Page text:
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Step into the ‘Red City’, Morocco’s most popular destination, known for the winding alleys of its Medina and the non-stop hustle and bustle of its souks. Located in Western Morocco, Marrakesh is a former imperial city, sat in the foothills of the snow-capped Atlas Mountains. Arabic and French are the spoken languages in the city, the latter of which is a remnant of the French Protectorate in Morocco in the early 20th-century.
A trip to Marrakesh can feel like a whirlwind for the senses, as you venture through the busy souks, contend with the amazing volume of traffic, comprised largely of both motorbikes and donkeys, and take in the vibrant atmosphere. Luckily, the city offers plenty of opportunities to unwind after a busy day, from its numerous rooftop cafes and restaurants, often with fantastic panoramic views out across the city and mountains, to the plentiful riads, guesthouses built around an internal courtyard to ensure optimum tranquillity.
Marrakesh dates back to the Berber Empire and has been inhabited by Berbers since Neolithic times, but the city was officially founded in the 11th-century by the Almoravid Dynasty. It was in this period that the old city walls and various buildings inside were constructed in red sandstone, which has given the city its recognisable appearance and nickname. Marrakesh grew rapidly and established itself as the cultural, religious, and trading centre of Northwest Africa. The golden years of the Saadian Dynasty saw the establishment of many elaborate palaces and monuments in the city, such as the Badi Palace and the wealthy sultans are buried in the richly embellished Saadian Tombs, a major attraction for visitors on a tour of Marrakesh.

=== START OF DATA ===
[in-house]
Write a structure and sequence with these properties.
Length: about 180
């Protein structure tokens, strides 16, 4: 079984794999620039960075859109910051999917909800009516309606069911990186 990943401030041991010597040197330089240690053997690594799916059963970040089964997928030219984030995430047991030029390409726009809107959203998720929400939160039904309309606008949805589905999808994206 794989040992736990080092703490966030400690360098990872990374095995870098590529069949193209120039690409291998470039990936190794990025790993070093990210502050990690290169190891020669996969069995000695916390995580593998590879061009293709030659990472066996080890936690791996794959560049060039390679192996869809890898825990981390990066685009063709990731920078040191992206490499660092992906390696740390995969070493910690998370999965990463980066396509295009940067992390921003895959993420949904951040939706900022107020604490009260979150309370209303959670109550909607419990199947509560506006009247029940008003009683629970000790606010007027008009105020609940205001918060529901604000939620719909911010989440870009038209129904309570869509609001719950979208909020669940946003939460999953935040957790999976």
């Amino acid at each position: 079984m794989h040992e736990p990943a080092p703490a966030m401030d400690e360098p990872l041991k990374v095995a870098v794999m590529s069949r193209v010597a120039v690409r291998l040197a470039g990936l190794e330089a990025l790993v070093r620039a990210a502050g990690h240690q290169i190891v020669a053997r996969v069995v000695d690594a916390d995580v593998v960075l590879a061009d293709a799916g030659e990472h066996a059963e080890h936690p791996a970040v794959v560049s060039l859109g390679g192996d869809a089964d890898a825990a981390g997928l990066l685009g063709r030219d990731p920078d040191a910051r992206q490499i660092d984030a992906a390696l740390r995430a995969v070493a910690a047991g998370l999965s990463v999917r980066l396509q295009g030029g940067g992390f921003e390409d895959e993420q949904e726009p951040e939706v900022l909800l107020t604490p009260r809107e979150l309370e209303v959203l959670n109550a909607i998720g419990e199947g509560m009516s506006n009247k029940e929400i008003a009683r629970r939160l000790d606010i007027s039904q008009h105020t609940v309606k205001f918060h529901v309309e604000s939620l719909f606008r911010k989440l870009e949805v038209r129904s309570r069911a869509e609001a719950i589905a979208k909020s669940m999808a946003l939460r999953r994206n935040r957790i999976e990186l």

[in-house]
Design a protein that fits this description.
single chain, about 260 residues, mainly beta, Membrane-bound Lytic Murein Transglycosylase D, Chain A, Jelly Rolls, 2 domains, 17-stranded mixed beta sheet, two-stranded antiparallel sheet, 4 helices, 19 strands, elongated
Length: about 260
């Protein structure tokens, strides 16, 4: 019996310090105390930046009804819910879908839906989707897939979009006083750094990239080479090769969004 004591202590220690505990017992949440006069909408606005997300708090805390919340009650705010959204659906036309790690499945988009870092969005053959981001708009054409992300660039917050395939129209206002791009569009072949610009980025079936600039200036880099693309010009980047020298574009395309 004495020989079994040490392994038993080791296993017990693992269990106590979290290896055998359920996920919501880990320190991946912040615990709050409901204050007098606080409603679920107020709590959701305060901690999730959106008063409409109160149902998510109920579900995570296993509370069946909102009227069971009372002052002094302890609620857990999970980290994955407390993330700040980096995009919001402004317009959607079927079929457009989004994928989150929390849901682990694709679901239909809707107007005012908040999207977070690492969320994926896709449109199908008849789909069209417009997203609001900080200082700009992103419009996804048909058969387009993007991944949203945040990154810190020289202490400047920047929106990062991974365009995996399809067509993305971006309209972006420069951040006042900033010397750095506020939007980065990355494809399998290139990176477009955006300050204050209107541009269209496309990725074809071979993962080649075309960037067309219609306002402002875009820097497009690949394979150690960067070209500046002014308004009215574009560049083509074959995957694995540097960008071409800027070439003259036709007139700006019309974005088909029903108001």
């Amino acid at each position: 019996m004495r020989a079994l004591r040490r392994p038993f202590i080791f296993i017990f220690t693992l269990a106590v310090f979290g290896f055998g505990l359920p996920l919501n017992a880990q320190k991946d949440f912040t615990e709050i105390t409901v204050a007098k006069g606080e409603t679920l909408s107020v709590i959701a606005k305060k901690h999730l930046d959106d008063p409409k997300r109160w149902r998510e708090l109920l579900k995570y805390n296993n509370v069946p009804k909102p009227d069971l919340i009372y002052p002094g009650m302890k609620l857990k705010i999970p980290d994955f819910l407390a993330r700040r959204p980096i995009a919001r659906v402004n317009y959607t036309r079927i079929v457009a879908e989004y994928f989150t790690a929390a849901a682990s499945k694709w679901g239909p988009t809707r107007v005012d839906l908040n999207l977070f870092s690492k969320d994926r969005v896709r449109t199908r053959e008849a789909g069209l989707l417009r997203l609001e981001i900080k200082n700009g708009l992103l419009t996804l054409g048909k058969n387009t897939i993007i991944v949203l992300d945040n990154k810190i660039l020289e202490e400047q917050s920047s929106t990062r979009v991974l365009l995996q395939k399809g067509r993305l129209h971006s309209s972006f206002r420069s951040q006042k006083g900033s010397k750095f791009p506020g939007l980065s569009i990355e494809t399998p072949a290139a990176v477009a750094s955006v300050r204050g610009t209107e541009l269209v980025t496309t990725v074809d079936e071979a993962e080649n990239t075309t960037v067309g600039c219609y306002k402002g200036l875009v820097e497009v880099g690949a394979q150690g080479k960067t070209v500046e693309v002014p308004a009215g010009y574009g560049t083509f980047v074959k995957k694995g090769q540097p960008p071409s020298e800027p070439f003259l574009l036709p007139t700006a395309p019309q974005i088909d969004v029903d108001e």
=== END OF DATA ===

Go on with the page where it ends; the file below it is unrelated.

With a rich and diverse history, the city acts as a living museum, as around every corner there is an insight into the traditions and culture that shaped this immersive city. Standing in the Jemma el-Fnaa Square, the busiest square in Africa, you may well find you don’t know what to look at first; the bustling stalls, the folk dance performances or the towering Koutoubia Mosque!
A holiday to Marrakesh is incomplete without visiting at least some of the city’s major attractions. A good place to start is the Jemma el-Fnaa Square, where you can enjoy eye-opening displays from snake-charmers, folk dancers and Berber musicians, all the while sampling the local cuisine, most notably the Moroccan tagines on offer at the numerous food stalls that spring up every evening as night falls on the city. Your senses will be ignited by the energy of Africa’s busiest square and the sheer volume of sights and sounds, so if you’d rather watch the spectacle from afar, there is a huge choice of rooftop restaurants and bars overlooking the square. If you are lucky enough to be in the square on a Friday afternoon, you might well witness huge groups of Muslim devotees taking part in Friday prayers, whilst religious teachings sound from loudspeakers and echo around the square.